Talking more but saying less: how our phone calls have changed

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Despite new technologies, we still spend a lot of time on the phone but the quality of the phone calls has gone down, says research by BT.

Overall the amount of time we spend communicating has increased. While that’s largely due to texting and social networking online, we still spend about 4 hours a week on the phone (mobile and landline) talking to friends and family.

But, as psychologist Emma Kenny, employed by BT tells us – more of us are squeezing phone calls into time when we’re doing other things instead of sitting down to have a proper chat.

She analysed 450 calls over a week and found that more than half were squeezed in while out and about or preoccupied with other tasks around the home. These calls were less likely to generate quality conversations (which started on average 2 minutes 48 seconds into calls) and left the caller feeling ‘rushed’ and the recipient ‘irritated’.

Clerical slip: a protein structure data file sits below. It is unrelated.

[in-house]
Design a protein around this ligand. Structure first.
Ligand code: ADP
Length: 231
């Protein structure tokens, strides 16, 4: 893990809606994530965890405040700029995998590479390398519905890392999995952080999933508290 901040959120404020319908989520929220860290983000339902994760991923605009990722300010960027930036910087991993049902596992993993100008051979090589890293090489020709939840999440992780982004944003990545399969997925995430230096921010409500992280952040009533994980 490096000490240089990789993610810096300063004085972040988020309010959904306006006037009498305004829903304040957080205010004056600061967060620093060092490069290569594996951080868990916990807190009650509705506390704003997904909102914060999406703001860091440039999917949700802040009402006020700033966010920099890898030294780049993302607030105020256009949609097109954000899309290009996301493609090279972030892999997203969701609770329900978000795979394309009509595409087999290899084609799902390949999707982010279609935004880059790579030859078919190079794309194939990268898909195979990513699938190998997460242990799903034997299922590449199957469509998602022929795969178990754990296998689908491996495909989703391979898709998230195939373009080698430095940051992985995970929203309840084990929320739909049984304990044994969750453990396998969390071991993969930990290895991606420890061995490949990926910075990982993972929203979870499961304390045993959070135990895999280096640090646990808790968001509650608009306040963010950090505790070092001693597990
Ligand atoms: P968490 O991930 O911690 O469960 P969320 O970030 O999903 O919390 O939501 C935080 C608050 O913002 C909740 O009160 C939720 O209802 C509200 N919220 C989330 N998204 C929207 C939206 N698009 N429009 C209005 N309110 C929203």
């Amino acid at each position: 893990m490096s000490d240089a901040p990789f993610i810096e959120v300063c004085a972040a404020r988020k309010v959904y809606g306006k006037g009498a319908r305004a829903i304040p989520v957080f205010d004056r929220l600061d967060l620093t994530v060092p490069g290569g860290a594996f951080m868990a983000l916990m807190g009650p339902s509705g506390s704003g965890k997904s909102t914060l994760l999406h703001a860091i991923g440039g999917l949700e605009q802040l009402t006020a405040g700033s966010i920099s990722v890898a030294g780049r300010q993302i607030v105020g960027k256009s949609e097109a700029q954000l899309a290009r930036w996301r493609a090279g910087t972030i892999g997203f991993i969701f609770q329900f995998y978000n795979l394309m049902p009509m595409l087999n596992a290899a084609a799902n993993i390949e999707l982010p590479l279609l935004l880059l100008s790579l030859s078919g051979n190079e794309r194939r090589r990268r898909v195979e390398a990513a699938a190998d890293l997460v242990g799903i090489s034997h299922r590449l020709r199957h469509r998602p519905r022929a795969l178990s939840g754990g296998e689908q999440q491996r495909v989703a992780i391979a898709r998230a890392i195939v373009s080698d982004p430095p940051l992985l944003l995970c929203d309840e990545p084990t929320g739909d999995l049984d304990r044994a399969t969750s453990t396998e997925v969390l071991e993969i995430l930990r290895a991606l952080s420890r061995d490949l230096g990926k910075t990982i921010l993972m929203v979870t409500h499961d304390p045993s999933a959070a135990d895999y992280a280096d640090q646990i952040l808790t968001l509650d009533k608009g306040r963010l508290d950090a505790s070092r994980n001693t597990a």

Calls made hurriedly in transit (or ‘chit’ for short) are getting in the way of our chat.

I suppose that 20 years ago, people couldn’t have made phone calls while they were travelling because unless they were one of a tiny few, their phone would have been attached to the wall on a cord. With mobiles, the temptation is to fill in a little time while waiting for the bus.

Interested in the findings? BT have set a website Talk Traits which defines 6 different types of communicators: Happy Chatter, Social Butterfly, Impersonal Organiser, Duty Dialler, Unrung Hero and E-vader. See more on their website above.

Anna Leach